First impression on unpacking the Q702 test unit was the solid feel and clean, minimalist styling.
IBM takes aim at .NET initiative
- — 14 May, 2001 00:24
IBM Corp. this week will take major steps to bolster its Web services offerings and provide a clear alternative to Microsoft Corp.'s efforts in this arena.
Through its Global Services division, IBM will launch a service dedicated to helping corporate users build Web services applications, officials said. Big Blue will also announce across-the-board support for open Internet standards in updated versions of its key middleware products.
Big Blue's WebSphere application server and its flagship DB2 database as well as its Tivoli Systems Inc.'s WebSphere management offerings and Lotus Development Corp.'s Domino products will all ultimately support Internet standards including SOAP (Simple Object Application Protocol) and UDDI (Universal Discovery, Description, and Integration). In addition, WebSphere will embrace Java 2 Enterprise Edition (J2EE) and the WSDL (Web Services Description Language).
Industry analysts said these wide-ranging announcements will put IBM in direct competition with archrival Microsoft and its .NET and HailStorm Web services initiatives. IBM will also be drawing closer to rivals offering J2EE infrastructures, including Sun Microsystems Inc./iPlanet E-Commerce Solutions, BEA Systems Inc., Hewlett-Packard Co., and Oracle Corp., analysts said.
Analysts also said corporate users typically choose between .NET or J2EE, primarily based on the platform first and the vendor second. The analysts added that IBM's strategy appears to be more than just product-deep.
"IBM is offering a direct alternative to .NET in terms of a platform for both developing and deploying Web services," said Dwight Davis, an analyst at Summit Strategies in Kirkland, Wash. "It goes well beyond just products, which are central to IBM's Web services strategy, and IBM is also relying heavily on its Global Services."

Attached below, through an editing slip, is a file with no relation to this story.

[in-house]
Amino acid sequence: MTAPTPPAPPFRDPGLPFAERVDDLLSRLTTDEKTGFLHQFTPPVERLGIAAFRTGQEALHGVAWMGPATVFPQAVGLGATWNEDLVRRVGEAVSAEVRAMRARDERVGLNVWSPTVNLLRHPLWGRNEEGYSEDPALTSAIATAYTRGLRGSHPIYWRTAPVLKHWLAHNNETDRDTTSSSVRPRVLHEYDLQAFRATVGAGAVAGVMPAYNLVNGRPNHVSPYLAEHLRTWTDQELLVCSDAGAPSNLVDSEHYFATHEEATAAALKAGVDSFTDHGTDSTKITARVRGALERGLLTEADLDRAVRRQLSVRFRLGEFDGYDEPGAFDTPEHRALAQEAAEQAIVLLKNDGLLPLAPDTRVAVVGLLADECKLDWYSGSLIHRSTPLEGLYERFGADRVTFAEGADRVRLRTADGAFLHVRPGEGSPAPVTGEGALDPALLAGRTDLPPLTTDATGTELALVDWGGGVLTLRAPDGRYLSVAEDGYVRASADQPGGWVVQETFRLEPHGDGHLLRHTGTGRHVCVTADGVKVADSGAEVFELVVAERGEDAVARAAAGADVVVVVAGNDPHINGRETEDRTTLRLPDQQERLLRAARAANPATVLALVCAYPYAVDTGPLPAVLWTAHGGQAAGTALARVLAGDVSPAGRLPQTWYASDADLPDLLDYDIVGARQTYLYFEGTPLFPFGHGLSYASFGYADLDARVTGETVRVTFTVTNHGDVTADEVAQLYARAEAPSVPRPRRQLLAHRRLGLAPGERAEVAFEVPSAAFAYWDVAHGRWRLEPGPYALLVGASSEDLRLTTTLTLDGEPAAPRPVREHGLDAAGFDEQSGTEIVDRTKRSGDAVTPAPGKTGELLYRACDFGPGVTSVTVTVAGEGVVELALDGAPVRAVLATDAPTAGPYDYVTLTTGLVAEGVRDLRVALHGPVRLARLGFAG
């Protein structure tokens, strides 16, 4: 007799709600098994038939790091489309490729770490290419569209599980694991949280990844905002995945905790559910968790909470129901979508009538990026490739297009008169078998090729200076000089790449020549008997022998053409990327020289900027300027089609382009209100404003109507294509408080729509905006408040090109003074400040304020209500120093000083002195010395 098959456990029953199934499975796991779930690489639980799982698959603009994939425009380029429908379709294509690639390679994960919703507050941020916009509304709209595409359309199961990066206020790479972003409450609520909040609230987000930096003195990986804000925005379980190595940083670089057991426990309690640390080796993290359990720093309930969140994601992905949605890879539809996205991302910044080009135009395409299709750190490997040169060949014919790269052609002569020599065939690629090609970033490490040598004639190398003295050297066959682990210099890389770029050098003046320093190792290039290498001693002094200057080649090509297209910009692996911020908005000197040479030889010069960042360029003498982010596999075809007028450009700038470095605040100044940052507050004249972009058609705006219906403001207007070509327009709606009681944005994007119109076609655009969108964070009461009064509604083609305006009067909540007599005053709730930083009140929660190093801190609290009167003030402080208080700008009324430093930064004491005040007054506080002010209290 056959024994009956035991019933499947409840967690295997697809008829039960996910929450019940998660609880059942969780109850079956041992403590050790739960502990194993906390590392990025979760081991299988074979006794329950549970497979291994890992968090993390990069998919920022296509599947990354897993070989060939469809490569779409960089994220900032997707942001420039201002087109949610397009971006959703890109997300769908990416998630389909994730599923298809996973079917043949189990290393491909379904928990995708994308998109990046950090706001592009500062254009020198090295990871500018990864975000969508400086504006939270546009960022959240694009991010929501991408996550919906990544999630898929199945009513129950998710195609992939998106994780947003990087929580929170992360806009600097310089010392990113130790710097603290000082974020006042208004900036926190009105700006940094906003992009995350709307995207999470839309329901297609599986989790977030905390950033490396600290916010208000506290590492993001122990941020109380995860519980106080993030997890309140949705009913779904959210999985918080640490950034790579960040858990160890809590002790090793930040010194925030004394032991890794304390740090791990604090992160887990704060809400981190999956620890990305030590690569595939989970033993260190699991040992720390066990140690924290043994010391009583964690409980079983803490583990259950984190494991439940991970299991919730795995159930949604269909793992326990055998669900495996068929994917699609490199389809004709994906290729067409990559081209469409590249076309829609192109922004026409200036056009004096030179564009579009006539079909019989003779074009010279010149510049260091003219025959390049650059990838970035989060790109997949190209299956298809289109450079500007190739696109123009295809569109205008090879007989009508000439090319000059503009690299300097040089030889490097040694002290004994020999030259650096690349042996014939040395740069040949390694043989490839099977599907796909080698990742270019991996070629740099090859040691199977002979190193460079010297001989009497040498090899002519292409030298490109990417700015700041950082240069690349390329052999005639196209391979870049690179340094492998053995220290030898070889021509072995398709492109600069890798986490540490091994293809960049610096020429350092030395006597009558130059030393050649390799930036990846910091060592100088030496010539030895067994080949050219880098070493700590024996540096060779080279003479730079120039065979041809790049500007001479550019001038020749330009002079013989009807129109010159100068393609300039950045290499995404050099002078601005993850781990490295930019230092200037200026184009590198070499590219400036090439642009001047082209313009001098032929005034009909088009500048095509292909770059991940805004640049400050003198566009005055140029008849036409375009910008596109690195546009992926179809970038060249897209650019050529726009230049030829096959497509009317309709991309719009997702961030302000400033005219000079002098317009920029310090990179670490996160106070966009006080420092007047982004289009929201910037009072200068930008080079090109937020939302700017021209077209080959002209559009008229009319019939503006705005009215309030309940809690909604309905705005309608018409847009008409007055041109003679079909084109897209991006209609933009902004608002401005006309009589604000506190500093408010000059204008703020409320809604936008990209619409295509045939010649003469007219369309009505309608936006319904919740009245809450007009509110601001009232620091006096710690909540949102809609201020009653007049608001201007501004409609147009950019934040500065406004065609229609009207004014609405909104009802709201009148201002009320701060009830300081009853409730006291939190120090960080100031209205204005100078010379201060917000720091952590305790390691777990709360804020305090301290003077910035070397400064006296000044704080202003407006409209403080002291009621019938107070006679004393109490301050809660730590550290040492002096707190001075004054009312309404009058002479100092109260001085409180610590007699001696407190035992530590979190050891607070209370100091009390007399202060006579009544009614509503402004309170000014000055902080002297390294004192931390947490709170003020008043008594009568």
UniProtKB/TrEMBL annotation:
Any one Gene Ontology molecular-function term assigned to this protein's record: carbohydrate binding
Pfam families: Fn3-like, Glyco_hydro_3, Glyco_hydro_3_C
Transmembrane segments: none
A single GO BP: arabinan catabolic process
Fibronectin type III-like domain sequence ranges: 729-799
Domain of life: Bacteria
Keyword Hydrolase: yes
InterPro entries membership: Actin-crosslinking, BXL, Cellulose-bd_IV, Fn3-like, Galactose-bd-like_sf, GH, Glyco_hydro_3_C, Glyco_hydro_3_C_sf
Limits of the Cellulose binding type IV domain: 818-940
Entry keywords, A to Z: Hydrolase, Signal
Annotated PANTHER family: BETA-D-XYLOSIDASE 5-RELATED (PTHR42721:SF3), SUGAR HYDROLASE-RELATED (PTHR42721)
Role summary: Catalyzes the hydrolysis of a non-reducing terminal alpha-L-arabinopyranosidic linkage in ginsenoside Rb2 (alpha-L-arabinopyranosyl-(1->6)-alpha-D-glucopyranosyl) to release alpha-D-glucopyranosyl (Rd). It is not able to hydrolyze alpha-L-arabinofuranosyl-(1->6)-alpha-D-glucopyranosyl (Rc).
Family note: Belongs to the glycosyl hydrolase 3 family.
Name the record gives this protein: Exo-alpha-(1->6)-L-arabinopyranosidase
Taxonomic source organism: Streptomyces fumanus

Davis said that, although IBM offers security and authentication, it does not offer a set of services comparable to the consumer-oriented HailStorm. "There is some degree of overlap, but comparing the two is a stretch," he said. "IBM has not marketed services along the lines of HailStorm that people incorporate into their daily lives."
Officials of the Armonk, N.Y.-based IBM said they hope that delivering products to back up previous pronouncements will boost the company's credibility against competitors such as Microsoft and Sun, which IBM believes are months behind.
"We think the value Web services can deliver for IT [shops] is profound," said Scott Hebner, director of marketing for IBM's WebSphere Software group in Somers, N.Y. "We think the real value is giving them the ability to integrate applications and business processes, particularly in heavy-duty transaction-based environments where we are long on experience."
Some analysts said they are impressed with IBM's quick delivery of such a wide variety of applications laced with open-standards support but note that many users will need the help of Global Services to fully exploit these updates.
"IBM usually delivers wonderfully elegant but overly complicated products," said Sally Cusack, software analyst at IDC in Framingham, Mass. "If [IBM is] hoping users will create Web services, [users] will need Global Services' help, which could turn out to be expensive," Cusack said.
IBM officials believe that aggressively promoting open standards in its middleware will lead to tighter and more sophisticated integration capabilities from IBM and its competitors. This will send sky high the number of possible online transactions, IBM officials said, pointing to a recent report by Cambridge, Mass.-based Forrester Research that predicts such integration will drive up by 50 times the number of Web-based transactions during the next four years.
"If you think about 50 times growth [in transactions], that will expand infrastructure opportunities for everyone," IBM's Hebner said.
With this development, Hebner said that hardware now used for Web-based functions will become "integration servers" for the delivery of Web services.
Big Blue has decided to deliver Web services in several ways.
-- WebSphere will support UDDI, SOAP, J2EE, and WSDL.
-- DB2 Version 7.2 will support UDDI and SOAP and will provide access to other databases.
-- Tivoli will support a single point of control for distributed environments.
-- Lotus will combine collaboration, knowledge discovery, and e-learning in Web services applications.